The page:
Black Panther: Wakanda Forever is a funeral. In its opening moments, T’Challa’s sister Shuri (Letitia Wright) learns that a disease has taken her brother’s life, and the scene’s eerie, matter-of-fact quiet evokes the wake of Chadwick Boseman’s death, a colossal loss for the industry and culture. But Shuri is also walled in by fakey VFX and an unconvincing set, emitting an air of cheapness unbecoming of the tribute and reminding us that this isn’t just a funeral—it’s also, in the grand arc of the Marvel machine, a theme park attraction.

That’s not to say it’s disrespectful. When Wakanda Forever confronts Boseman’s loss head-on, it’s as poignant, honest, and distinct as one of these Disney projects can be. And, thankfully, the Afrofuturist aesthetics of the original Black Panther are (mostly) intact from the soundtrack and score to the production and costume design, this time alongside Latino and Mesoamerican influences tied to new sorta-villain Namor (Tenoch Huerta). The more expansive narrative limits Wakanda’s screen time, cordoning it to halls of techy walls and a recurring city hub, but the film otherwise honors Black Panther’s and Boseman’s legacies.

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It also, regrettably, retains its predecessor’s timidity. Although the original was atypically bold for a superhero blockbuster, it still shied away from its own politics. Killmonger was arguably righteous in his mission to “arm oppressed people all over the world so they can finally rise up” against colonizers and those in power, begging the question of the validity of violence in social change—but such a question is anathema to broadly-friendly Disney, so they had Killmonger vow in the same breath to slaughter the children of the oppressors too. There’s our punishable bad guy. Hollywood makes the righteous radical a villain by turning their advocacy into a crusade, thus choosing the peaceful status quo of perpetually incremental change; Black Panther couldn’t avoid this, and Wakanda Forever doesn’t either.

Huerta’s Namor leads the hidden, underwater society of Talokan, which major nations are on the brink of discovering due to its detectable stores of vibranium. In response, Namor asks Wakanda to help protect Talokan’s resources from inevitable exploitation—and by “asks for help,” I mean that he threatens to destroy Wakanda if they don’t join him in a war against the rest of the world. This all-or-nothing approach exacerbates every possible conflict, of course, eventually reducing Namor into another outsize, immediate threat. Cue third-act battle; cue hero heroically choosing peace; cue suffocation of emancipatory violence subtext. The movie has valuable ideas and representational power, but it’s deliberately, disappointingly benign, just playing at adult themes.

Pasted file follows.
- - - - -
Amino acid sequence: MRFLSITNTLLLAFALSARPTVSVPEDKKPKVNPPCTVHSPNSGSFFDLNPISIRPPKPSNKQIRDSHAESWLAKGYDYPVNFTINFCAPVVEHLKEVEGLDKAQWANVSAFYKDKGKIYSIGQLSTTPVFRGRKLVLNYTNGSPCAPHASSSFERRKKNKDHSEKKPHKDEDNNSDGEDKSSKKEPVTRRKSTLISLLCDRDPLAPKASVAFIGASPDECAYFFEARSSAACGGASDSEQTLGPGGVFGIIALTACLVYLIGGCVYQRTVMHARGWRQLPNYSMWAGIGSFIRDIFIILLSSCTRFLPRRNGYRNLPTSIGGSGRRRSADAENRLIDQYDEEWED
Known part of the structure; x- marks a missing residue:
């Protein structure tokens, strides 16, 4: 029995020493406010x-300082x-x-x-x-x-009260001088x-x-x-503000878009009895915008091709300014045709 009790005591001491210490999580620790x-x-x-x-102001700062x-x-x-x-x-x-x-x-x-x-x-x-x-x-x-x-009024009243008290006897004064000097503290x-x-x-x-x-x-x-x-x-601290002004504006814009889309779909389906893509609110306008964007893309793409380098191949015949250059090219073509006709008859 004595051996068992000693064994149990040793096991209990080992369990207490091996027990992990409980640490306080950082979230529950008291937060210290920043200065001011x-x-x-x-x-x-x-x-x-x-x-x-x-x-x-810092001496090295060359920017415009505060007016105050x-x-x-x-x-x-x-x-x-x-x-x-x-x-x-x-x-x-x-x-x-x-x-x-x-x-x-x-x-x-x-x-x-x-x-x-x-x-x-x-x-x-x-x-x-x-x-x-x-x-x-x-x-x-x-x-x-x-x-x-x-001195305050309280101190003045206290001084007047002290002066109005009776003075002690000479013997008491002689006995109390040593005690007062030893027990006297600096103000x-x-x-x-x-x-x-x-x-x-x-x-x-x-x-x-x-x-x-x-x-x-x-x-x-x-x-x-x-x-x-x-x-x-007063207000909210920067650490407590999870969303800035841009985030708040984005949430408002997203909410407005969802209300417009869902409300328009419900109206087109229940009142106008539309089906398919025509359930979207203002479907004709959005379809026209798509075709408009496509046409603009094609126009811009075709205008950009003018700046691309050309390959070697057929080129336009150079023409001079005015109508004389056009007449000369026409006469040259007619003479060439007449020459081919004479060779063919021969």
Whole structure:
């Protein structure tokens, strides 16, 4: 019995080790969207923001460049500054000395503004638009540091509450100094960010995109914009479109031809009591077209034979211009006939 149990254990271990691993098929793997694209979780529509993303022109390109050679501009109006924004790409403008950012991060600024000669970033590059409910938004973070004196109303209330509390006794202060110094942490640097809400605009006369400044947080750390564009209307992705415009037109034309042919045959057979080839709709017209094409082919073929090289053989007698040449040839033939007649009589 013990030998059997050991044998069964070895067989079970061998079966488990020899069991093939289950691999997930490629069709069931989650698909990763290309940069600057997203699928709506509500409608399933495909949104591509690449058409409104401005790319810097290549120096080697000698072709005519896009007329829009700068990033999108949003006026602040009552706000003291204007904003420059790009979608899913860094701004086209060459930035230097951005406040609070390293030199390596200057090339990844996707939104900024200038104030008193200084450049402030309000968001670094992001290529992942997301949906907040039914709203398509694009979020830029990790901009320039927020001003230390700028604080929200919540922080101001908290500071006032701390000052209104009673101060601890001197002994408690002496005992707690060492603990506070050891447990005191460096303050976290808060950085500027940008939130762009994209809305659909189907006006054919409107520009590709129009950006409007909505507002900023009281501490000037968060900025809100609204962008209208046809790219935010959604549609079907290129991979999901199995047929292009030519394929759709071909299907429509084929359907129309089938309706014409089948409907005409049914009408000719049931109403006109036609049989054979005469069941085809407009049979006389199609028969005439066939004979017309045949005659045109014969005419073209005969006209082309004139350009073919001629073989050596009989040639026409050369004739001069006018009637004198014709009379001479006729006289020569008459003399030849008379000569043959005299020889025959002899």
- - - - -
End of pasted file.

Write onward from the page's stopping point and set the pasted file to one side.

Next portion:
And its thematic cowardice is but a drop in the ocean of boring. The plot moves with laborious inelegance, replacing heroes and reintroducing old characters and setting up future stories and resetting chess pieces so other movies can play the exact same game.  Some mess is understandable given Boseman’s sudden passing, but a lot of this is just franchise bloat. It plays like it was cobbled together from a scrapped story that was cobbled together from studio notes and compromises. At 161 minutes with much to do and not enough to say, it’s paced like tectonic plates sliding into place. And despite the supporting powers of Angela Bassett and Lupita Nyong’o, Letitia Wright is a mostly uncompelling protagonist.

The film is shot like bog-standard Marvel, minus a climactic hand-to-hand fight so palpably directed by Ryan Coogler that the rest of the action feels suspiciously “B-teamed,” so to speak. The minute, physical details of the clashing bodies and terrain matter, and the stakes and scale of the action thrum in close-ups of faces and tightened muscles, in many ways echoing Coogler’s Creed. The fight before that, on the other hand, features several stabbed Wakandans thrashing around a bloodless CGI ocean as terrible quips and VFX fly free. Some of the low-light shots are among the muddiest I’ve seen in a Hollywood movie. Not everyone involved in the making of this film cared about it equally.

This corporate insincerity poisons the touching moments by proximity, which isn’t fair, because Wakanda Forever really, truly misses Chadwick Boseman. But you can’t make a funeral out of a theme park attraction. No one can actually hear the eulogy.

★★   (2/5)